- If you do not have health insurance, please contact Financial Counseling at 410-350-3808 for assistance.
Day of Surgery
Please follow all of these instructions so your surgery may be performed as scheduled.
- If you are instructed to do so, bring all current medications with you.
- Bring your insurance card(s), identification and receipts for any pre-payments.
- Do not wear cosmetics, body creams or lotions.
- Do not bring large amounts of cash or valuables with you. Also remove all jewelry, including any body piercings.
- Unless they are patients, do not bring children with you.
Upon arriving at MedStar Harbor Hospital, please report to:
- The Ambulatory Testing Center, if blood tests are requested.
- Same Day Surgery, if blood tests have not been requested. Same Day Surgery is located on the second floor of the hospital, room north main 208. Take the elevator to the second floor, turn right and follow the hallway to the right. The waiting area is located on the right side of the hall.
For those patients who need to be admitted to the hospital for, during and after their surgeries, MedStar Harbor Hospital offers many services including:
- Acute pain management to aggressively treat postoperative pain with a variety of effective techniques.
- Surgical intensive care unit to meet the special needs of postoperative patients.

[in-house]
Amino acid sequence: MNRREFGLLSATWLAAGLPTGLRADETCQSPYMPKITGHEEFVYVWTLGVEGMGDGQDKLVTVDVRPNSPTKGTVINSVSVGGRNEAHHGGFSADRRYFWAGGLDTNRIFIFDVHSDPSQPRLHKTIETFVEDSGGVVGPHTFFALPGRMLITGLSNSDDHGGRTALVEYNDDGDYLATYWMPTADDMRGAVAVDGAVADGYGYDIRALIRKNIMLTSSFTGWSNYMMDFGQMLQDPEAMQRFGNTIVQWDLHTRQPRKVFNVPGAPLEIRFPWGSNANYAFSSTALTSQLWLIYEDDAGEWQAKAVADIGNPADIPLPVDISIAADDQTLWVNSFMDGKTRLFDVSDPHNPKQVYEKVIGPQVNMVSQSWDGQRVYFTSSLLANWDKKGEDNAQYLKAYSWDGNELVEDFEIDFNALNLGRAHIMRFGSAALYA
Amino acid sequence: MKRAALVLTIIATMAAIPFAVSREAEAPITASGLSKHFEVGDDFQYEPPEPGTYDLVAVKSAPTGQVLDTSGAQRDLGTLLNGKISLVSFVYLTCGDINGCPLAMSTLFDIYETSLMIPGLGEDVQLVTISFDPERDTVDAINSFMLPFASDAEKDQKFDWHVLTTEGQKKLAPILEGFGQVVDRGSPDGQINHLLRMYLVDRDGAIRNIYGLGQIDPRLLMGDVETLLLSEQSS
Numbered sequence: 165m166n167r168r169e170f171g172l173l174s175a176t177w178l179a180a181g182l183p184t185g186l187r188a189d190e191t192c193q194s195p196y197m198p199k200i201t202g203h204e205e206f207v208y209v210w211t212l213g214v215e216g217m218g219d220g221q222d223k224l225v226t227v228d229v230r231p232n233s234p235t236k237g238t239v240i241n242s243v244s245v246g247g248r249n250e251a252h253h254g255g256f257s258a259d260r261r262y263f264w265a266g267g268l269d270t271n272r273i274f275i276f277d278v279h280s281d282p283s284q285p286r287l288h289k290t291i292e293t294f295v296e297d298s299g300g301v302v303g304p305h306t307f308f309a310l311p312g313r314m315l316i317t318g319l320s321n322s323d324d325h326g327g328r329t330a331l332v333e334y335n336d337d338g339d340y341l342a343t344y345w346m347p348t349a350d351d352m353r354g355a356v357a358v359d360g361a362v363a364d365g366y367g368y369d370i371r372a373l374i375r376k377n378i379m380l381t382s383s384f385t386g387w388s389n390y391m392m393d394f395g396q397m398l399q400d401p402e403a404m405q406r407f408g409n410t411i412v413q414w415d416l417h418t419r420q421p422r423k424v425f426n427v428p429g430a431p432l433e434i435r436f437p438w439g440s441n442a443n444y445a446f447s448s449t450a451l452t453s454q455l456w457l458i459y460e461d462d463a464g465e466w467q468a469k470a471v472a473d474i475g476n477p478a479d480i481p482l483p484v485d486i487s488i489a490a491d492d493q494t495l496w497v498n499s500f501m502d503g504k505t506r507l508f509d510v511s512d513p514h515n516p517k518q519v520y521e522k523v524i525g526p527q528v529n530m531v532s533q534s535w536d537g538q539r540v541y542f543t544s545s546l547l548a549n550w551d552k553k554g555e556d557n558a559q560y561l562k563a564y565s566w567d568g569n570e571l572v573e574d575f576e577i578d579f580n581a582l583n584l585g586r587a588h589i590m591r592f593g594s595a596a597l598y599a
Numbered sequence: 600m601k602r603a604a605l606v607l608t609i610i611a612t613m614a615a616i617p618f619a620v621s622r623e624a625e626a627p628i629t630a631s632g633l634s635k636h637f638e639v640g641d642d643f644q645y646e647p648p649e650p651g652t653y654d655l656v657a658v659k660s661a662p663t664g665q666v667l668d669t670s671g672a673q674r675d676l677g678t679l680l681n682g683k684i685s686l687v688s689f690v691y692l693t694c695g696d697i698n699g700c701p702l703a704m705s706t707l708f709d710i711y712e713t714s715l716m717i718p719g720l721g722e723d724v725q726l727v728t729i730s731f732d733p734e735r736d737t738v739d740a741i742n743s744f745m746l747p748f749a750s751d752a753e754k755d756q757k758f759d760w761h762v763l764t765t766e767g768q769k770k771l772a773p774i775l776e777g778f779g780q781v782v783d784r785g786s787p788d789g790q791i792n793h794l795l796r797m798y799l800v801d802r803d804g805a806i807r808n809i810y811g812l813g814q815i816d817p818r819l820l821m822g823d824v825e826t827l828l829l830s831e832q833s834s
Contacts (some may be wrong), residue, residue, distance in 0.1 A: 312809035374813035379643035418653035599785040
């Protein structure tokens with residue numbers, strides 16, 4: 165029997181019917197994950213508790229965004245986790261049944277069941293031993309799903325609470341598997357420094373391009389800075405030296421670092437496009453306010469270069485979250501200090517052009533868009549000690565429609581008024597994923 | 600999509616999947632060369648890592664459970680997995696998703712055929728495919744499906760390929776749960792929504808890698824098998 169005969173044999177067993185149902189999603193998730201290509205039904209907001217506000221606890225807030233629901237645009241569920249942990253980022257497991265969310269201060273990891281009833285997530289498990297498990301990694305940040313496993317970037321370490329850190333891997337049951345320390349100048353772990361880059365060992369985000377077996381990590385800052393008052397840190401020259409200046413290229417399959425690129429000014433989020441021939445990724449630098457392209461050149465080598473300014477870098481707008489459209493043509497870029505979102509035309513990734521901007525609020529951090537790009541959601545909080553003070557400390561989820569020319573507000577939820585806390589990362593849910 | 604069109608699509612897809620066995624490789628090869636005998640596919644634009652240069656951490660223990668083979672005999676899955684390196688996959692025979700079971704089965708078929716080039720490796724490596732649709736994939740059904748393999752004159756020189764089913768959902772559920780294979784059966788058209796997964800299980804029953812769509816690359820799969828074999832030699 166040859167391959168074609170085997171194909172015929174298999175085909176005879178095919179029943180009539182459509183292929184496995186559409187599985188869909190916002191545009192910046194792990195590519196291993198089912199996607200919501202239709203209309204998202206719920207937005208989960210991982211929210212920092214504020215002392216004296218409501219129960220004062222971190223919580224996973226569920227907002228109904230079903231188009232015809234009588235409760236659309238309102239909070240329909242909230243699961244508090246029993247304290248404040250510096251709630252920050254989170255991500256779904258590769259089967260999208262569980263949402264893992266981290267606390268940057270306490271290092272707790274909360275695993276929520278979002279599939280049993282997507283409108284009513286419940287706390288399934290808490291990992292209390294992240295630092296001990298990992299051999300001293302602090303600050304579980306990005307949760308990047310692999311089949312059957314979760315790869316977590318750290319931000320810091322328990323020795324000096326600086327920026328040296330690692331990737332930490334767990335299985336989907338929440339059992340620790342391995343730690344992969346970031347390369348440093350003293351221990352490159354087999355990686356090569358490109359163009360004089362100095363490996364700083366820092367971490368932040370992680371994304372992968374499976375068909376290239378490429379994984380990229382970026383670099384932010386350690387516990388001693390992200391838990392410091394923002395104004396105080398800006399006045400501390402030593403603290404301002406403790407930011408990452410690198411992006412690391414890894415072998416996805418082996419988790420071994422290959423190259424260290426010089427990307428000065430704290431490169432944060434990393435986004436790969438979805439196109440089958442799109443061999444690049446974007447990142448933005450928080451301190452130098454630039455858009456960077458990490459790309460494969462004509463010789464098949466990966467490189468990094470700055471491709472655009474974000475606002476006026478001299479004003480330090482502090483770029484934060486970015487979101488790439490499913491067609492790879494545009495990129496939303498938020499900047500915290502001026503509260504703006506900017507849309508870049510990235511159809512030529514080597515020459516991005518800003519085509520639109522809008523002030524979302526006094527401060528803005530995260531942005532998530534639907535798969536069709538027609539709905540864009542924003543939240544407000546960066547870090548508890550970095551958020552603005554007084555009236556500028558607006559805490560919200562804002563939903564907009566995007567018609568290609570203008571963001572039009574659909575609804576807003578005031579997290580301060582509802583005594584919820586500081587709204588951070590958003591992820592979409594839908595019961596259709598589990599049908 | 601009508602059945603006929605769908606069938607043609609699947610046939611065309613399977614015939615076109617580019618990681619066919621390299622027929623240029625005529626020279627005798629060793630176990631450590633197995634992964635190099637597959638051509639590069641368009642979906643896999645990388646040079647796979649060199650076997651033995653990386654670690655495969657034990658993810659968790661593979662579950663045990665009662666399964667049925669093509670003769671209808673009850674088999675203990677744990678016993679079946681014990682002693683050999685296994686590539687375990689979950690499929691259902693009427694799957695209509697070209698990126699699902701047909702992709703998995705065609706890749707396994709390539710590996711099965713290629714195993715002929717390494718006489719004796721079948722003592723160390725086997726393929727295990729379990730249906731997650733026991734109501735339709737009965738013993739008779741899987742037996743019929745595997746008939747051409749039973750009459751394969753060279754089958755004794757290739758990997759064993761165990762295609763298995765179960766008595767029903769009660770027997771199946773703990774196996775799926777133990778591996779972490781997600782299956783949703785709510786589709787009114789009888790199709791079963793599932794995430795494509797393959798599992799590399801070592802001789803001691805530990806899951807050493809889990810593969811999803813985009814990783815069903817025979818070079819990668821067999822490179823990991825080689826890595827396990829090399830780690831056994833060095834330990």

- Twenty-four hour in-house surgical coverage on standby for any unexpected surgical needs you may have after your procedure.
About Your Room
With the exception of the intensive care unit, patient rooms at MedStar Harbor Hospital are either semiprivate or private. The number of private rooms is limited, but we make every effort to honor your request depending on availability. Wireless internet, television and local telephone service are offered free of charge.
- Permitted Electrical Appliances
Small battery-powered devices, such as clocks, radios and cd players, are generally allowed. You are encouraged to use earphones with radios and cd players to avoid disturbing other patients or staff members. Most electric shavers, hair dryers and curling irons are permitted. All such devices must have a "UL" label, cannot have frayed cords and must remain unplugged when not in use.
- Prohibited Devices
Some devices may interfere with the operation of medical equipment, or a medication you are given may affect your ability to use an appliance safely, so they are not allowed. They include: